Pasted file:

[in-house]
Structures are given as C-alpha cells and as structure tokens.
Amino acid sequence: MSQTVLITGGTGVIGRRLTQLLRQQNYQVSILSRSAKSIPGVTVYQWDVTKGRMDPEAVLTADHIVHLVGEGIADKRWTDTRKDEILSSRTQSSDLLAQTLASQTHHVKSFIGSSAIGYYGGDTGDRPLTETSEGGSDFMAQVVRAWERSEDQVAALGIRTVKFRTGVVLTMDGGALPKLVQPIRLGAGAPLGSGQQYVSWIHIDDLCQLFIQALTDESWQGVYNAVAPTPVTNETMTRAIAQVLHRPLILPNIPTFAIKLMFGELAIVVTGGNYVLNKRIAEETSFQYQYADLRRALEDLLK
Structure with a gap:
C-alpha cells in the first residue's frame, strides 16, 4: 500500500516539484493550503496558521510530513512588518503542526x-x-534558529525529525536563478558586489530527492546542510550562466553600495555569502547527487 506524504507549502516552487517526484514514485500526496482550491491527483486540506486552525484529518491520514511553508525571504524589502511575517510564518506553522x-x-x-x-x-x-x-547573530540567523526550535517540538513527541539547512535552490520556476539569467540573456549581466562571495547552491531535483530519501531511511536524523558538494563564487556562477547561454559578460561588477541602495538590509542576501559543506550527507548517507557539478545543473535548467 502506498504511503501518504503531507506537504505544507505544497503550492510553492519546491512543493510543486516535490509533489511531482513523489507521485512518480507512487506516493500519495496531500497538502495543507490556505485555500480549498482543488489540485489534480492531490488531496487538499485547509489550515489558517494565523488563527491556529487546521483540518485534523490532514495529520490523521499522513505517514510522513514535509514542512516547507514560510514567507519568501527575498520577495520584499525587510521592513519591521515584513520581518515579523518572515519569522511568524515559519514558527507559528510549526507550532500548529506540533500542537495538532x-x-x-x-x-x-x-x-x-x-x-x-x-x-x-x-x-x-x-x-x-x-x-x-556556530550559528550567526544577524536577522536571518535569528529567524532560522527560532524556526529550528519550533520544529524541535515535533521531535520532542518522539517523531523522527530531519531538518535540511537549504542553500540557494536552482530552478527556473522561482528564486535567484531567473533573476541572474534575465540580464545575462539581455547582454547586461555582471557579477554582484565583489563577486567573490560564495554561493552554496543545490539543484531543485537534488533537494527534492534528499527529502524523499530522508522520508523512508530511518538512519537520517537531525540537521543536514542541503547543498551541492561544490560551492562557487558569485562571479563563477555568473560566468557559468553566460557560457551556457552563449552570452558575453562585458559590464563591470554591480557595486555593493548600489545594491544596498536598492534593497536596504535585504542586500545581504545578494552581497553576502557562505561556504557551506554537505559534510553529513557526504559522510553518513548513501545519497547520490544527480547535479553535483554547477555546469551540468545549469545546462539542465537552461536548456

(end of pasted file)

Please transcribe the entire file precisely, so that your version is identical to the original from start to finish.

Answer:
[in-house]
Structures are given as C-alpha cells and as structure tokens.
Amino acid sequence: MSQTVLITGGTGVIGRRLTQLLRQQNYQVSILSRSAKSIPGVTVYQWDVTKGRMDPEAVLTADHIVHLVGEGIADKRWTDTRKDEILSSRTQSSDLLAQTLASQTHHVKSFIGSSAIGYYGGDTGDRPLTETSEGGSDFMAQVVRAWERSEDQVAALGIRTVKFRTGVVLTMDGGALPKLVQPIRLGAGAPLGSGQQYVSWIHIDDLCQLFIQALTDESWQGVYNAVAPTPVTNETMTRAIAQVLHRPLILPNIPTFAIKLMFGELAIVVTGGNYVLNKRIAEETSFQYQYADLRRALEDLLK
Structure with a gap:
C-alpha cells in the first residue's frame, strides 16, 4: 500500500516539484493550503496558521510530513512588518503542526x-x-534558529525529525536563478558586489530527492546542510550562466553600495555569502547527487 506524504507549502516552487517526484514514485500526496482550491491527483486540506486552525484529518491520514511553508525571504524589502511575517510564518506553522x-x-x-x-x-x-x-547573530540567523526550535517540538513527541539547512535552490520556476539569467540573456549581466562571495547552491531535483530519501531511511536524523558538494563564487556562477547561454559578460561588477541602495538590509542576501559543506550527507548517507557539478545543473535548467 502506498504511503501518504503531507506537504505544507505544497503550492510553492519546491512543493510543486516535490509533489511531482513523489507521485512518480507512487506516493500519495496531500497538502495543507490556505485555500480549498482543488489540485489534480492531490488531496487538499485547509489550515489558517494565523488563527491556529487546521483540518485534523490532514495529520490523521499522513505517514510522513514535509514542512516547507514560510514567507519568501527575498520577495520584499525587510521592513519591521515584513520581518515579523518572515519569522511568524515559519514558527507559528510549526507550532500548529506540533500542537495538532x-x-x-x-x-x-x-x-x-x-x-x-x-x-x-x-x-x-x-x-x-x-x-x-556556530550559528550567526544577524536577522536571518535569528529567524532560522527560532524556526529550528519550533520544529524541535515535533521531535520532542518522539517523531523522527530531519531538518535540511537549504542553500540557494536552482530552478527556473522561482528564486535567484531567473533573476541572474534575465540580464545575462539581455547582454547586461555582471557579477554582484565583489563577486567573490560564495554561493552554496543545490539543484531543485537534488533537494527534492534528499527529502524523499530522508522520508523512508530511518538512519537520517537531525540537521543536514542541503547543498551541492561544490560551492562557487558569485562571479563563477555568473560566468557559468553566460557560457551556457552563449552570452558575453562585458559590464563591470554591480557595486555593493548600489545594491544596498536598492534593497536596504535585504542586500545581504545578494552581497553576502557562505561556504557551506554537505559534510553529513557526504559522510553518513548513501545519497547520490544527480547535479553535483554547477555546469551540468545549469545546462539542465537552461536548456